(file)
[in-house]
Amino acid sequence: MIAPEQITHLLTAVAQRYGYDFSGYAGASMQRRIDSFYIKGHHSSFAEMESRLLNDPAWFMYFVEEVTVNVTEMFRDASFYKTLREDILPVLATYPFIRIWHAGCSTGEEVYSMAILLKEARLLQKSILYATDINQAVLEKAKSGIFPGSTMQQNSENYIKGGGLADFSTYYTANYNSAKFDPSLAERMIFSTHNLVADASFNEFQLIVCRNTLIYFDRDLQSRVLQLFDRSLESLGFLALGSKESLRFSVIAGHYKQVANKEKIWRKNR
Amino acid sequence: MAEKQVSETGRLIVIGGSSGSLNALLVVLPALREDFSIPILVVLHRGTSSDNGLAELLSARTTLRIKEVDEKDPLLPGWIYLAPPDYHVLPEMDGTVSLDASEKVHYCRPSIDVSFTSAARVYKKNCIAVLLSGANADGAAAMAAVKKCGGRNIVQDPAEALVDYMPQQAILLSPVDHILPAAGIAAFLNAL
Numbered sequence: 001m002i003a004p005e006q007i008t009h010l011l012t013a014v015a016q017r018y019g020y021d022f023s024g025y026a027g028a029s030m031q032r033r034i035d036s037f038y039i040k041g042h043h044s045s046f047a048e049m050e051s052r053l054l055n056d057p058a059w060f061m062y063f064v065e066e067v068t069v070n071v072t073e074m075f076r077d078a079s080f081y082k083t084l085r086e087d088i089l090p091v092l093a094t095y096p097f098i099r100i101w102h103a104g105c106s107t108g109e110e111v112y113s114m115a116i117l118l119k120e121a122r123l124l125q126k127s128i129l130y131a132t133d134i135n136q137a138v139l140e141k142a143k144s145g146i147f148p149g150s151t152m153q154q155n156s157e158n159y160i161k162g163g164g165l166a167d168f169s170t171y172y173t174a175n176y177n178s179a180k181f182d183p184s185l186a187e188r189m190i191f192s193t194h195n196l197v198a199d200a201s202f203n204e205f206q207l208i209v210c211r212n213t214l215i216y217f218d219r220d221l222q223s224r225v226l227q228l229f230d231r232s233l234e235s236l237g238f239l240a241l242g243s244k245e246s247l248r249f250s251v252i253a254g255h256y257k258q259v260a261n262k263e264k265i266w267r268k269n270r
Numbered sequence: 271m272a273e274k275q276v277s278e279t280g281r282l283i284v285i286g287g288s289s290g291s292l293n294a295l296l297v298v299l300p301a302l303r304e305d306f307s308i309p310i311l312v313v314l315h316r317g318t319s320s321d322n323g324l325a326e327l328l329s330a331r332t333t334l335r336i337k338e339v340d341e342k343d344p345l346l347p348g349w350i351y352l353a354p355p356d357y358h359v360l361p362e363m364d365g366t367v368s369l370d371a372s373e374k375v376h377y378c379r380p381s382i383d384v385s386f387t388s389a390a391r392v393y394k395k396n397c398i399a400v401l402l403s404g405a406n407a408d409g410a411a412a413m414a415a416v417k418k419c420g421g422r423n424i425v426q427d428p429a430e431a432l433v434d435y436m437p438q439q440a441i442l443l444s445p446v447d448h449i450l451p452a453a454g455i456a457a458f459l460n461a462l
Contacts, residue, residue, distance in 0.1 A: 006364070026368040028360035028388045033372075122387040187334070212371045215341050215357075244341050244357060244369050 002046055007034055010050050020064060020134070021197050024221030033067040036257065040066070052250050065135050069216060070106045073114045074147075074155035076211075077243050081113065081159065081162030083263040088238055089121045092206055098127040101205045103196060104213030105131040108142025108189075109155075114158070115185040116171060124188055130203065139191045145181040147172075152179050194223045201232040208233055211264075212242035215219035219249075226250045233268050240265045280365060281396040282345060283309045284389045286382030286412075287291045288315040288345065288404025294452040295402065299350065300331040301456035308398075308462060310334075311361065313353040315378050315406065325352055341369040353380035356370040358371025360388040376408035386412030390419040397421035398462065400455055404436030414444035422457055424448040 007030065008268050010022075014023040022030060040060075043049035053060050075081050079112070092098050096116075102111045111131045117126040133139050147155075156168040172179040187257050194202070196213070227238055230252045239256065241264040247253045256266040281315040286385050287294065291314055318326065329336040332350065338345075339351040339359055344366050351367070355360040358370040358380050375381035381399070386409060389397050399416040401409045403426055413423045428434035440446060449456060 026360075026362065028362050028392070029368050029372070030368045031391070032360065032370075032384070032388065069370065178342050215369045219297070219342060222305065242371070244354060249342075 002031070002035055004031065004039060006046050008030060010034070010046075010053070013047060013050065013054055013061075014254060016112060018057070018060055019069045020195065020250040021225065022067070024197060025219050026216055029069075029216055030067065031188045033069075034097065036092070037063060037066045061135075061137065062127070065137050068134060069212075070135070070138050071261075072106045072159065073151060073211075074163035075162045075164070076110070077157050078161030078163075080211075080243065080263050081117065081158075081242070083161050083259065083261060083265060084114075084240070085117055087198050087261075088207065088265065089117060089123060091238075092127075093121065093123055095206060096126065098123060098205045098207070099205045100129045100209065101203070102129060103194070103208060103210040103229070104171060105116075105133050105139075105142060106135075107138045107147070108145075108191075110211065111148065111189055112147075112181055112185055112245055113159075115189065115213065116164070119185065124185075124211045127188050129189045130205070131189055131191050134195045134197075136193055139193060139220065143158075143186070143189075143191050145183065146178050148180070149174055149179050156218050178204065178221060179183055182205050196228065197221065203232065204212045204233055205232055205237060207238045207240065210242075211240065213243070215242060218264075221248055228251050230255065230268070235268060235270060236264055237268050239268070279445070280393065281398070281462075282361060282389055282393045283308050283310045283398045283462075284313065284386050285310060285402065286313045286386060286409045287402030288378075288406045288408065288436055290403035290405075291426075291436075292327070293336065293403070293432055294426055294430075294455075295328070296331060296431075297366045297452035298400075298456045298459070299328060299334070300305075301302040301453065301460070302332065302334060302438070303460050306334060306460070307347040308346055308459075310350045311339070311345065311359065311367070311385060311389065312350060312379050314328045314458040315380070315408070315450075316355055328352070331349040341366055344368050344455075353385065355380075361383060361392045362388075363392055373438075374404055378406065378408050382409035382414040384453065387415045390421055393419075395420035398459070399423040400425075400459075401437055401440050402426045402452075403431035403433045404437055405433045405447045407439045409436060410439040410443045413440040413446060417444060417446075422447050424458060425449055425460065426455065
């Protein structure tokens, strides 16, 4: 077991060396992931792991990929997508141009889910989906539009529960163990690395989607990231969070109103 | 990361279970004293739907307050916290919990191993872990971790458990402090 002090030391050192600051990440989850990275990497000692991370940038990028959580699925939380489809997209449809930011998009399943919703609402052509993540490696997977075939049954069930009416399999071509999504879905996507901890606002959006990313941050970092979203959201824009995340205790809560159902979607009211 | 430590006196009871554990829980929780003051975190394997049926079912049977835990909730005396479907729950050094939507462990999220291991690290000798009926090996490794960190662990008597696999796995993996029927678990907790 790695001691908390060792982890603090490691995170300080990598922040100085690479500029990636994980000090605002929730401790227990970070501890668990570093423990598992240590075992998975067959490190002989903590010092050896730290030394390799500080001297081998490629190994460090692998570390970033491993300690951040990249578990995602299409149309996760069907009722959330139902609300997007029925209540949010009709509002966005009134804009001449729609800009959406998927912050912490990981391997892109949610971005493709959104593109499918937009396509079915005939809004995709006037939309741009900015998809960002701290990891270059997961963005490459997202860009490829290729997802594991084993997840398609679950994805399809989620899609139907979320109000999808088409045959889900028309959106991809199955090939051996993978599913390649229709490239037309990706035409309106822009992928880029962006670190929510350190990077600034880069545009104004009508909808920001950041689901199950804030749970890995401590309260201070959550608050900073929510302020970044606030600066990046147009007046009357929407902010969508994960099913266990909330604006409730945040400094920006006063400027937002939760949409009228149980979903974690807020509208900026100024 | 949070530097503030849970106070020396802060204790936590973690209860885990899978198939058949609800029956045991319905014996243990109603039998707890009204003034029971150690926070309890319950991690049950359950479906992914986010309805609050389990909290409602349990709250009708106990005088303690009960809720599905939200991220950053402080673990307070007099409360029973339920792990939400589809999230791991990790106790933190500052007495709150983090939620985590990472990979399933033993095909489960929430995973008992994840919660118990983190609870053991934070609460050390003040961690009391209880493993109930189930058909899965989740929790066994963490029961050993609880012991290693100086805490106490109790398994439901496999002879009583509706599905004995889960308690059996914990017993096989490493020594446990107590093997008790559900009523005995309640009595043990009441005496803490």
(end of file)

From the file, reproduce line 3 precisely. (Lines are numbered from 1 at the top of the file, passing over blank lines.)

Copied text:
Amino acid sequence: MAEKQVSETGRLIVIGGSSGSLNALLVVLPALREDFSIPILVVLHRGTSSDNGLAELLSARTTLRIKEVDEKDPLLPGWIYLAPPDYHVLPEMDGTVSLDASEKVHYCRPSIDVSFTSAARVYKKNCIAVLLSGANADGAAAMAAVKKCGGRNIVQDPAEALVDYMPQQAILLSPVDHILPAAGIAAFLNAL